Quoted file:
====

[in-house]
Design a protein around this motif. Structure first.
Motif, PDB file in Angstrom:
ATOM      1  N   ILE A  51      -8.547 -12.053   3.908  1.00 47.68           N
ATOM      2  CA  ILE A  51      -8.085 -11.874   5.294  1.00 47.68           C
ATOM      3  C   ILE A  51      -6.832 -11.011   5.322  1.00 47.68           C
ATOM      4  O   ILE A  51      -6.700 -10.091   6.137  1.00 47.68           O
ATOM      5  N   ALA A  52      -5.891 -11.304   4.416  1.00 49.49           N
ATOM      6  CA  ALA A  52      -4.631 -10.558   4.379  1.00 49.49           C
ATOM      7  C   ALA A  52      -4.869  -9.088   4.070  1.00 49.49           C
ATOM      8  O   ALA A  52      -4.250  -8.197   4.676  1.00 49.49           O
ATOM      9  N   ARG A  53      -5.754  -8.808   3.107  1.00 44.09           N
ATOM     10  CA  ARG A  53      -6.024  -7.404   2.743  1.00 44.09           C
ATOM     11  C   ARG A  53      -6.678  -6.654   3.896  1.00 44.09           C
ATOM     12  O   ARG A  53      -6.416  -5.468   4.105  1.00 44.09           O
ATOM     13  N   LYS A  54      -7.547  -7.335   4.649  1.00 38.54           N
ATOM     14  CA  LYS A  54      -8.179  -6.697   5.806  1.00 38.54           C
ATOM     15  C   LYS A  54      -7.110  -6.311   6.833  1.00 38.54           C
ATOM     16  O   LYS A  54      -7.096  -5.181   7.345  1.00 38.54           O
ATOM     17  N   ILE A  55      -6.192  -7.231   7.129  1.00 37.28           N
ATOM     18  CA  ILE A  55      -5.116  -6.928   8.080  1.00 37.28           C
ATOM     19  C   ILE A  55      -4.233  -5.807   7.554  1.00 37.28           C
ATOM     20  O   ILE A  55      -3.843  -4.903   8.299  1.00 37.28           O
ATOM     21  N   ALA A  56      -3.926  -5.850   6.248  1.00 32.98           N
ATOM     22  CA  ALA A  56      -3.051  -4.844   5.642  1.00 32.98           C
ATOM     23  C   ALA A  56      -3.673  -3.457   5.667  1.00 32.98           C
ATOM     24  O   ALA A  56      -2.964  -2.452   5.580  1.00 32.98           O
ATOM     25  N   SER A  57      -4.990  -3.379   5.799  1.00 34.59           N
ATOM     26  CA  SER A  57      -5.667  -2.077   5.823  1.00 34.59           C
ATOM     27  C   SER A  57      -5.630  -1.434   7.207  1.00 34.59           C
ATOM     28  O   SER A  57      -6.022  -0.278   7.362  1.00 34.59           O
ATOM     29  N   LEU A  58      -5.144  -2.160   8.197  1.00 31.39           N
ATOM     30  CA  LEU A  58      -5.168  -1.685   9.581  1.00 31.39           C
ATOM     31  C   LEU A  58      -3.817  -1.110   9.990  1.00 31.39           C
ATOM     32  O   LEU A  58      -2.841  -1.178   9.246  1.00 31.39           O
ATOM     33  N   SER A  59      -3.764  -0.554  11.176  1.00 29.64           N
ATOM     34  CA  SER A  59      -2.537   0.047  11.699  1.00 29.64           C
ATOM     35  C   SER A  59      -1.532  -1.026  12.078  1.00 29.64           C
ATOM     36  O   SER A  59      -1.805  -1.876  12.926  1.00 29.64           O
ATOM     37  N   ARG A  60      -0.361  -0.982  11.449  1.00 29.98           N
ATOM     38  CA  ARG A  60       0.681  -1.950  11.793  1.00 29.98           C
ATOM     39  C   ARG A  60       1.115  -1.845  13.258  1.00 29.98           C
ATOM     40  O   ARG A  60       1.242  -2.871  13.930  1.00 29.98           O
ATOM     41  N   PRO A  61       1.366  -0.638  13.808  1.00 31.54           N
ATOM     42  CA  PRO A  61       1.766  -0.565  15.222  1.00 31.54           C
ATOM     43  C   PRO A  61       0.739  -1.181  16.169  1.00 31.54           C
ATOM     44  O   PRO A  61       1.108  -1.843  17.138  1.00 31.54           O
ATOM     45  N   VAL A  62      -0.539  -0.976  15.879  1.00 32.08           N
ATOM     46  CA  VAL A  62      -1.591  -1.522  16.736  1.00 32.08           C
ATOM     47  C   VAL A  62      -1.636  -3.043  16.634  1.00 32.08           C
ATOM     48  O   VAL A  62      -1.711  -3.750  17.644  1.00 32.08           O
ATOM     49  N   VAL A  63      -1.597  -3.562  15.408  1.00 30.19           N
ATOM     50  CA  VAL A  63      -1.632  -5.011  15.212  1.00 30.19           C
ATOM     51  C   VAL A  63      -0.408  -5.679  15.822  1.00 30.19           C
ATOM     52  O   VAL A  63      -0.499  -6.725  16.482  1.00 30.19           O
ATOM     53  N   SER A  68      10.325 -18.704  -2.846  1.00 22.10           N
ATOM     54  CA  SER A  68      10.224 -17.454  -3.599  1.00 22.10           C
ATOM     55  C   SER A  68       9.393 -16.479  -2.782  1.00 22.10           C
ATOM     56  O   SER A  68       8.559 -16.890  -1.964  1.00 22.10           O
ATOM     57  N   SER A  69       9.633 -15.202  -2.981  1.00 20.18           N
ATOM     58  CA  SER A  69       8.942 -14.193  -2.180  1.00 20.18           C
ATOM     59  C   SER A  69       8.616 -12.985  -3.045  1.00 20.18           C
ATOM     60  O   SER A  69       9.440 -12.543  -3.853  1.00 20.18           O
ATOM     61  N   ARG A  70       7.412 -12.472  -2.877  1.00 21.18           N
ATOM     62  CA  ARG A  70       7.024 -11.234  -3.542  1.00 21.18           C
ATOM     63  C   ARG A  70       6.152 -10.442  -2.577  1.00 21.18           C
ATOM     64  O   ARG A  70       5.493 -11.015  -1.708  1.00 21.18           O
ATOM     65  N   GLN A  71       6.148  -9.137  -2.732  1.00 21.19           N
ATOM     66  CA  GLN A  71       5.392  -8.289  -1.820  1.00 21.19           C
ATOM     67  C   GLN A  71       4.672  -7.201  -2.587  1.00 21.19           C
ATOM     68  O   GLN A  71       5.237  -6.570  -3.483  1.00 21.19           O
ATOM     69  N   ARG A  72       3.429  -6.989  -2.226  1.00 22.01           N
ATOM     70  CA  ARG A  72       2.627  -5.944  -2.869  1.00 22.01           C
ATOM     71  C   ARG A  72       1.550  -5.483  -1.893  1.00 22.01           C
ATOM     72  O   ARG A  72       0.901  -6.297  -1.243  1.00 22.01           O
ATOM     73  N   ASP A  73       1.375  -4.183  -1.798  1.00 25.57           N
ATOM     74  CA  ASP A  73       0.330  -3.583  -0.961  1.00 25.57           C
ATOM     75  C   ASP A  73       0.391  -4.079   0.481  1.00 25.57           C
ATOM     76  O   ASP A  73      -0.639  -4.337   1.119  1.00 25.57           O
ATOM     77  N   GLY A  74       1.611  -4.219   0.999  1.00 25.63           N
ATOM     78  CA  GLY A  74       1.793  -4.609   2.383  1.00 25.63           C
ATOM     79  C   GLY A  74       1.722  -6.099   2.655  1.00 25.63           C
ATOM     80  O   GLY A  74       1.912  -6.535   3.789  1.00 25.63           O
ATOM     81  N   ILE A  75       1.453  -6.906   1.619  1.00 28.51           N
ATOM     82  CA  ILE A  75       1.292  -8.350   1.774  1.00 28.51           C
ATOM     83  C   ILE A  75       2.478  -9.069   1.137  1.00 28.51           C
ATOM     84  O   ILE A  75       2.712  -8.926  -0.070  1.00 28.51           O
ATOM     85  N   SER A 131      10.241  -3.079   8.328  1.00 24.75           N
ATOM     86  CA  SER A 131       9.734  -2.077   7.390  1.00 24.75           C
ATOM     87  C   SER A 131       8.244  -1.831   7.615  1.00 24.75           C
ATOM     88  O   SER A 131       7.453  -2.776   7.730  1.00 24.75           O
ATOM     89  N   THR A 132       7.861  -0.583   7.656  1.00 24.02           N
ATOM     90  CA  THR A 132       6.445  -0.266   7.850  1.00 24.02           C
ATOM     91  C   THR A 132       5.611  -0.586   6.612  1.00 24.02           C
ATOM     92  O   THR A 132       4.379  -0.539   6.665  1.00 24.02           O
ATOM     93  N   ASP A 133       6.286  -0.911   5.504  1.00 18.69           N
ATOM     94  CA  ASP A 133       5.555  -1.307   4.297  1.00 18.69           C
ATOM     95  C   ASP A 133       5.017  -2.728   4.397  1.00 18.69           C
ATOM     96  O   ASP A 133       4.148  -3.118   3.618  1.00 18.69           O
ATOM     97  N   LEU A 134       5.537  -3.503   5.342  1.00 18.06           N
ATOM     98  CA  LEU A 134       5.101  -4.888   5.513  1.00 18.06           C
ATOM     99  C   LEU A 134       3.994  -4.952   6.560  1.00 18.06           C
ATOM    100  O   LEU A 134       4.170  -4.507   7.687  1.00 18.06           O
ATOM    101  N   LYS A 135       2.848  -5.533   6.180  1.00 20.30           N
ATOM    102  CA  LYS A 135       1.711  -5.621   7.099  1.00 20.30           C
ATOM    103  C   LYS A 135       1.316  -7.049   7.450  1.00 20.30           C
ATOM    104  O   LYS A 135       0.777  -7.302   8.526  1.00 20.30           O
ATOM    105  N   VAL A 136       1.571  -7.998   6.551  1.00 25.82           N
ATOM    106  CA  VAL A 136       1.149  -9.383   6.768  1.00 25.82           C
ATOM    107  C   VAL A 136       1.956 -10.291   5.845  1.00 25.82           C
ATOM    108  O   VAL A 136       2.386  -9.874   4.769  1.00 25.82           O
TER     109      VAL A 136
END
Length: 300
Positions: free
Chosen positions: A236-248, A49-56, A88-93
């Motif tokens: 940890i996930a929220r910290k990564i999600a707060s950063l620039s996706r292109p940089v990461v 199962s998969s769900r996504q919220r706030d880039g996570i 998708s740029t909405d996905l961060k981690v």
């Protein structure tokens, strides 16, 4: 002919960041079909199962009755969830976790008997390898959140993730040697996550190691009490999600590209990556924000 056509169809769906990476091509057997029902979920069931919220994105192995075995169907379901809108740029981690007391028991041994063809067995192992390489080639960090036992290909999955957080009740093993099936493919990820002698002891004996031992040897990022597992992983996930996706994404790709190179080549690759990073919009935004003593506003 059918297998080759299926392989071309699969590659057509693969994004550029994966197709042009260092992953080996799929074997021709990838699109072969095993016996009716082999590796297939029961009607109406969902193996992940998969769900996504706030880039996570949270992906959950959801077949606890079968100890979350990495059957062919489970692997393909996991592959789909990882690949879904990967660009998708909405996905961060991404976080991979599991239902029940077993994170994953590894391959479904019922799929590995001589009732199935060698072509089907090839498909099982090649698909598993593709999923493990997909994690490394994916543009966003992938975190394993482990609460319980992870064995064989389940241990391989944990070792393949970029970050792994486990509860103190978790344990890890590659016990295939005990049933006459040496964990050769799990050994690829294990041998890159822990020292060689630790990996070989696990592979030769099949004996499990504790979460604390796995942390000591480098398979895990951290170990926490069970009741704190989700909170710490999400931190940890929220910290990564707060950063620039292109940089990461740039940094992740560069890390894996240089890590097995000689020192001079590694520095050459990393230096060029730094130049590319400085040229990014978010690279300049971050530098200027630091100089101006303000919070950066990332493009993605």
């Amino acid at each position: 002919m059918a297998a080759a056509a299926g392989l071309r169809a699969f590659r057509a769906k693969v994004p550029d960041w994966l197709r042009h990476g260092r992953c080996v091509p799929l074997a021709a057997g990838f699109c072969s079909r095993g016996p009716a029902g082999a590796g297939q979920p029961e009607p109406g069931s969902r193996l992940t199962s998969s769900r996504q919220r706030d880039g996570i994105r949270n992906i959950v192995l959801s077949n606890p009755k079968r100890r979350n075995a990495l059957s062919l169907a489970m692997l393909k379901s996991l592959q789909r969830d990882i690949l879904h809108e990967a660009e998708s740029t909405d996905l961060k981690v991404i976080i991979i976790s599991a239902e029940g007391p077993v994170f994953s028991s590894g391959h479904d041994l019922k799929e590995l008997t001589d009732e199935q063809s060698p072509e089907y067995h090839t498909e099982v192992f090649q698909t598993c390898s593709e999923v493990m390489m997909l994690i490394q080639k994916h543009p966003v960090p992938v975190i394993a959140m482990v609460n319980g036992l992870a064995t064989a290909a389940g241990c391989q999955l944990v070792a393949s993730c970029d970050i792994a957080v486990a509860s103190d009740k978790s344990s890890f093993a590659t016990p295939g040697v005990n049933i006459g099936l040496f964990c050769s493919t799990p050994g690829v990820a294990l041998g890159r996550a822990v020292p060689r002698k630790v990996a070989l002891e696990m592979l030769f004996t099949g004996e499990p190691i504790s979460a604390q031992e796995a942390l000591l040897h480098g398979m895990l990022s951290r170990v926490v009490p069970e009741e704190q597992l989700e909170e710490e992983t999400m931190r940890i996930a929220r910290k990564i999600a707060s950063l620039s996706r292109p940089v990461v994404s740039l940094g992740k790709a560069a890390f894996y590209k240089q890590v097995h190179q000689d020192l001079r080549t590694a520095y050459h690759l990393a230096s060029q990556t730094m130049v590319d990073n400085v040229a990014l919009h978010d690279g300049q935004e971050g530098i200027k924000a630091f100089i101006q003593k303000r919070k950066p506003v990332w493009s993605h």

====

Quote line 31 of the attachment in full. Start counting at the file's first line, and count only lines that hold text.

ATOM     28  O   SER A  57      -6.022  -0.278   7.362  1.00 34.59           O